Momma and Dr. Usui said, honor and thank our teachers

27 05 2010

A shopper at last weekend’s Native Hawaiian Arts Market asked me if I considered myself a self-taught painter. “No is the short answer,” I replied quietly.

I believe in taking lessons, followed by lots of practice. I took lessons.

In the Hawaiian culture I learned everyone must have a teacher. Never mind you think you don’t need one, that you can do your own whatever. At least not in the beginning.

The first thing someone will ask is, “Who’s your kumu?” If you can say, “My kumu was ___ ,”  respect for your work goes up a notch. If you can’t, the response might be, “Uh-huh,” and you hardly will be given the time of day and wonder why.

Perhaps after working at it for a while, an artist will perfect his/her line and system and turn out creations that are identifiably theirs, but most successful artists have gotten a background of the universal principles and basic techniques prior to discovering how to manipulate the medium into something original and all their own.

Having a teacher gives your work credibility. It applies to more than just painting.

For example, at the opening of Oceania Exhibit at the National Museum of Ethnology, a.k.a. Minpaku, in Osaka, Japan, for which the museum built a replica of the Hale Kuai Cooperative store in Hauula to represent the Hawaiian Islands, Kealii Gora attended officially as cultural consultant, and I attended in my role as the real co-op’s executive director.

Ka Lahui Hawaii and yours truly co-founded the cooperative to buy and sell products made by Native Hawaiians.

Hale Kuai Cooperative caught the attention of Minpaku anthropology professor Akitoshi Shimizu, who led the project team. He felt it depicted a movement in economic development among indigenous Hawaiians in 1999.

The opening ceremony was hauntingly beautiful and Kealii’s oli (chanting) rocked the entire hall. Afterward a VIP guest confronted him and wanted to know “by what authority” Mr. Gora performed the protocol, along with a Maori representative from Aotearoa.

Interestingly, but not surprisingly, Kealii did not reply that he was an officer of Ka Lahui Hawaii (a de facto Hawaiian nation). That he most certainly was. He replied, “My teacher was Kumu John Keola Lake.” There wasn’t anything the guest could say after that.

Similarly, certified Reiki masters will identify their credentials by stating the genealogy of their Reiki line. I am 10th generation from Dr. Mikao Usui through Mrs. Takata. That brings to mind Dr. Usui’s precepts:

Just for today, do not worry.
Just for today, do not anger.
Honor your parents, teachers, and elders.
Earn your living honestly.
Give thanks to every living thing.

My mother, a piano teacher, taught me to remember and acknowledge my teachers. So I honor my teachers of art and Reiki by naming them here. Most of my teachers throughout my life were influential in some way, but these people made a loving impact.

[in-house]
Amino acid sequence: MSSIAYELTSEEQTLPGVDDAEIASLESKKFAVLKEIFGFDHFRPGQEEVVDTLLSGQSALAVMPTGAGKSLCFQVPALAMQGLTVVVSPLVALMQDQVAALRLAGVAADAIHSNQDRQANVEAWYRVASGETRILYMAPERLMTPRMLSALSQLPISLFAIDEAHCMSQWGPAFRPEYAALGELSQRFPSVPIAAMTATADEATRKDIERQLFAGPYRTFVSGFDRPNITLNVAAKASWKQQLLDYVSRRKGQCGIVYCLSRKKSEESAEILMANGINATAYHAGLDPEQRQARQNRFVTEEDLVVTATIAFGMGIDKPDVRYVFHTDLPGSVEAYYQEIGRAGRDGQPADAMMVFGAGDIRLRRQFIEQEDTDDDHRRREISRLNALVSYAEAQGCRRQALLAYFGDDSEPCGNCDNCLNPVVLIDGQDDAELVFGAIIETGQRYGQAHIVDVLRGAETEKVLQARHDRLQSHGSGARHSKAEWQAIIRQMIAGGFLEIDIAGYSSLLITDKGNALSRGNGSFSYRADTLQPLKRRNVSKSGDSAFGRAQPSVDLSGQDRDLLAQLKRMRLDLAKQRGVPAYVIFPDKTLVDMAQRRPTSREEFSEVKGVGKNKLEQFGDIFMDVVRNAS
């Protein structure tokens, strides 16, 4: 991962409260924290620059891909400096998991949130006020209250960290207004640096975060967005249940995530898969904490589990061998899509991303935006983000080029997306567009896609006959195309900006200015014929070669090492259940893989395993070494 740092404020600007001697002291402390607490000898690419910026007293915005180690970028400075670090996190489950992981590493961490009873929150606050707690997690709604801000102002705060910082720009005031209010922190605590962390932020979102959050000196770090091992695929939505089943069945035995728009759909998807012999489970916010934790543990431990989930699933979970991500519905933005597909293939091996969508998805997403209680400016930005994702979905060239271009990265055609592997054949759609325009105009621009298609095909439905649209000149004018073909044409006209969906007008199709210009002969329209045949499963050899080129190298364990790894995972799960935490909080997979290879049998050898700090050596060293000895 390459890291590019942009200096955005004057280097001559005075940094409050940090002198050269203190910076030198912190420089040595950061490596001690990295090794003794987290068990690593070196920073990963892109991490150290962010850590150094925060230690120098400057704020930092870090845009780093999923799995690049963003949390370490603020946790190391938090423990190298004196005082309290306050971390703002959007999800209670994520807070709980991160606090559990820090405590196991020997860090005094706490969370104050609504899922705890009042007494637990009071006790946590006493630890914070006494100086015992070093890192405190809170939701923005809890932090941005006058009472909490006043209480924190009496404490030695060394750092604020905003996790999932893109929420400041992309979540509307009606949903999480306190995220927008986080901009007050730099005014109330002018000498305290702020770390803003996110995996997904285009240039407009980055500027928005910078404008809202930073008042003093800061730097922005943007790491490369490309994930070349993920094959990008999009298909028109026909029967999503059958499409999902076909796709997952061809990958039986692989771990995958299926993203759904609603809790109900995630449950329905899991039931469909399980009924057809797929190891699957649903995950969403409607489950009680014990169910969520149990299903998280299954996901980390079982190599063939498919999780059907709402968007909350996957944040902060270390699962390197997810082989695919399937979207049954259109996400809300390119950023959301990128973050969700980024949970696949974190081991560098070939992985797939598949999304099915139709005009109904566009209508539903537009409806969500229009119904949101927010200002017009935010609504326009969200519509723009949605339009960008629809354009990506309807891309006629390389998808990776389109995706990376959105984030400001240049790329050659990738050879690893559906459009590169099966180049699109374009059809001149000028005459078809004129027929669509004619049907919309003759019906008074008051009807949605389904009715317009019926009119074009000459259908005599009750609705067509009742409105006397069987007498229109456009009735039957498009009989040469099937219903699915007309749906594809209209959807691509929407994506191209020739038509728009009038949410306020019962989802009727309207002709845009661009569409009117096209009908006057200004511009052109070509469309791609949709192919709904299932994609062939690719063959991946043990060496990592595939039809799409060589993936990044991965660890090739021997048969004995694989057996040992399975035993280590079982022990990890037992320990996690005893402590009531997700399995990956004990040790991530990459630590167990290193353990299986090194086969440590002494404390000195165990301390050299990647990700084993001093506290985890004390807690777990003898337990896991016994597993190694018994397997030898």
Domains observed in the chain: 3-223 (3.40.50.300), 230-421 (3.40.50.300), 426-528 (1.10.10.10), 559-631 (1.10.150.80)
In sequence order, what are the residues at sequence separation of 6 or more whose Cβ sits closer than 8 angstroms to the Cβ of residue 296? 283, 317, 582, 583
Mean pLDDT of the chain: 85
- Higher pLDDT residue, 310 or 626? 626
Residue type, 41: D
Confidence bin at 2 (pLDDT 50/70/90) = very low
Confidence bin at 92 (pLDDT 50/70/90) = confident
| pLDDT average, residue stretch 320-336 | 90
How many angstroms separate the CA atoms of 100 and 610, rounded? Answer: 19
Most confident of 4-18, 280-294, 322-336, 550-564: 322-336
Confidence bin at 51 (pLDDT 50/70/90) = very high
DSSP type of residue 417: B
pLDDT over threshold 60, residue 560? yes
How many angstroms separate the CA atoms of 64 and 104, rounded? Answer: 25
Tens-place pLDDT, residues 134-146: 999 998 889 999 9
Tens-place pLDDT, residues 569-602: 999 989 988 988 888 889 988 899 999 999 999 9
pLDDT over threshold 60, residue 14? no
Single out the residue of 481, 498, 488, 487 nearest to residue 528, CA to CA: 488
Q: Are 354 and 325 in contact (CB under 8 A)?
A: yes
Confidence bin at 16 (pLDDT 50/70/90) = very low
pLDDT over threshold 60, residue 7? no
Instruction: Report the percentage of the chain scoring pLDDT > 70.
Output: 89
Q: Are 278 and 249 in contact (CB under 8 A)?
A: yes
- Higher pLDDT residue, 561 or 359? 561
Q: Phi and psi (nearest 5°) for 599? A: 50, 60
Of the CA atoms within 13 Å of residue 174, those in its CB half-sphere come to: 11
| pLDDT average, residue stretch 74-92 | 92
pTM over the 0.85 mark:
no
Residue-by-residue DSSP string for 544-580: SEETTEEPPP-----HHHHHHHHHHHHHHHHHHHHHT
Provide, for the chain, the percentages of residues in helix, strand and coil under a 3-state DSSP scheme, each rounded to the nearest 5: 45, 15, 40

Richard Nelson, Punahou School art history
Duane Preble, University of Hawaii at Manoa art history
Masao Miyamoto, University of Hawaii photographer
Michael Tamaru, University of Hawaii graphic designer
Glenn Christiansen, Darrow Watt, Norman Plate, Sunset photographers
Art Center College of Design faculty
Gloria Foss, The Foss School of Fine Arts, landscape painting
Vickie Kula, The Gloria Foss Color Course, studio drawing and painting
Susan Rogers-Aregger, Arts of Paradise gallery management
Alice Anne Parker, Reiki master
Lori Wong, Reiki master

Thank you for teaching me.

Copyright 2010 Rebekah Luke



2 responses

30 05 2010
Rebekah's Studio

Professor Akitoshi Shimizu championed the museum concept and attitude that you experienced in the exhibit representing the Hawaiian Islands. It represents not even a decade in time because as a peoples we continue to evolve. Since leaving my post as e.d. at Hale Kuai Cooperative, two directors and their boards succeeded me and took the co-op in a different direction. Professor Shimizu went to Tokyo for a faculty position at Hitotsubashi University. We both continue to support rights for indigenous peoples. More and more Native Hawaiians are recognizing and developing their talents and expertise for producing art and products for income. Yuichiro, I am envious of your visit to Minpaku! Thank you for your thoughtful comment.

29 05 2010

I was at Minpaku (National Museum of Ethnology, Osaka, Japan) yesterday, and was impressed by the museum’s attitude towards exhibiting Hawaiian history and culture not from the dead white colonizer’s point of view. Reading your entry, I was further impressed by the fact you were there to open the exhibit with a proper chant. I wonder if there is an ongoing exchange between the museum and Hale Kuai Cooperative because I believe a museum should be a forum where current, pressing issues are debated rather than a glass showcase in which mute objects are collected and on display. Yuichiro (Tokyo).

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